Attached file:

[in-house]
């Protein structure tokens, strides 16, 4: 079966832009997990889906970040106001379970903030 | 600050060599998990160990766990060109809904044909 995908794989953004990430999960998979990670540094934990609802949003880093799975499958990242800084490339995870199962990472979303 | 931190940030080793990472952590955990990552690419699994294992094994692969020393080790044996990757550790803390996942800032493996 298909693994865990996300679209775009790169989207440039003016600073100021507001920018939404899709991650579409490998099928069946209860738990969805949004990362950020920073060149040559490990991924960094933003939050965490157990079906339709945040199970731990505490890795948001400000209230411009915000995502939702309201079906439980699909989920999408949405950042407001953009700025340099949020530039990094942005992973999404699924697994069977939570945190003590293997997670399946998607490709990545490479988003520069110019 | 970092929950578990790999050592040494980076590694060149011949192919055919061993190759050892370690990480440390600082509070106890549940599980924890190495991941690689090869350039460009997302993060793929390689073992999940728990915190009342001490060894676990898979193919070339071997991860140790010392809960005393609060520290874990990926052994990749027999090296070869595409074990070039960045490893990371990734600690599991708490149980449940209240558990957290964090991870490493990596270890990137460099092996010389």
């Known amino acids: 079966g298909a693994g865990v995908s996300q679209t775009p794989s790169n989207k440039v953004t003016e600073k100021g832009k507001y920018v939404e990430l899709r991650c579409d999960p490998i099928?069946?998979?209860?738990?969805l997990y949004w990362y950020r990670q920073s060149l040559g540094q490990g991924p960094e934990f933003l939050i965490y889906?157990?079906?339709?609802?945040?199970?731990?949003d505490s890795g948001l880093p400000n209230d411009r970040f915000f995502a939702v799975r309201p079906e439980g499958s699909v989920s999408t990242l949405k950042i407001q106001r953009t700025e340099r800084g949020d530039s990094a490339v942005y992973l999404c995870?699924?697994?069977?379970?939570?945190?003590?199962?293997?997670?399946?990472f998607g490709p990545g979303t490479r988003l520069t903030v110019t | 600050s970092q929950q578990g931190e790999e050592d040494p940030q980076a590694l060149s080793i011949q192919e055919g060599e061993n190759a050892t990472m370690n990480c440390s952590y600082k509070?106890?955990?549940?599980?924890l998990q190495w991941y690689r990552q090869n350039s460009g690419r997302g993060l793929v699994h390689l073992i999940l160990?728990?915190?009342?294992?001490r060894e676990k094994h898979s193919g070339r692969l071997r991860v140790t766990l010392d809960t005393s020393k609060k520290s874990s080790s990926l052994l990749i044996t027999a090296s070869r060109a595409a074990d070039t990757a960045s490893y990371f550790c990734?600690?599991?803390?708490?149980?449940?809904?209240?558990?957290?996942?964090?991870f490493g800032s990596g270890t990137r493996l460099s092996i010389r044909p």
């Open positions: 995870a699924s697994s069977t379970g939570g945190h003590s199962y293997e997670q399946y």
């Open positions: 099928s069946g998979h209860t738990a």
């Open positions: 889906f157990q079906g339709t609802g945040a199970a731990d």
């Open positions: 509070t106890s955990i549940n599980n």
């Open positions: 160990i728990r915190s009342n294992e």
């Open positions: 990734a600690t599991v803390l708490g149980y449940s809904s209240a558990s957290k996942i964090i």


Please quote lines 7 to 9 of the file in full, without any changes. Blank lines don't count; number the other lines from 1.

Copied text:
């Open positions: 509070t106890s955990i549940n599980n």
């Open positions: 160990i728990r915190s009342n294992e």
């Open positions: 990734a600690t599991v803390l708490g149980y449940s809904s209240a558990s957290k996942i964090i």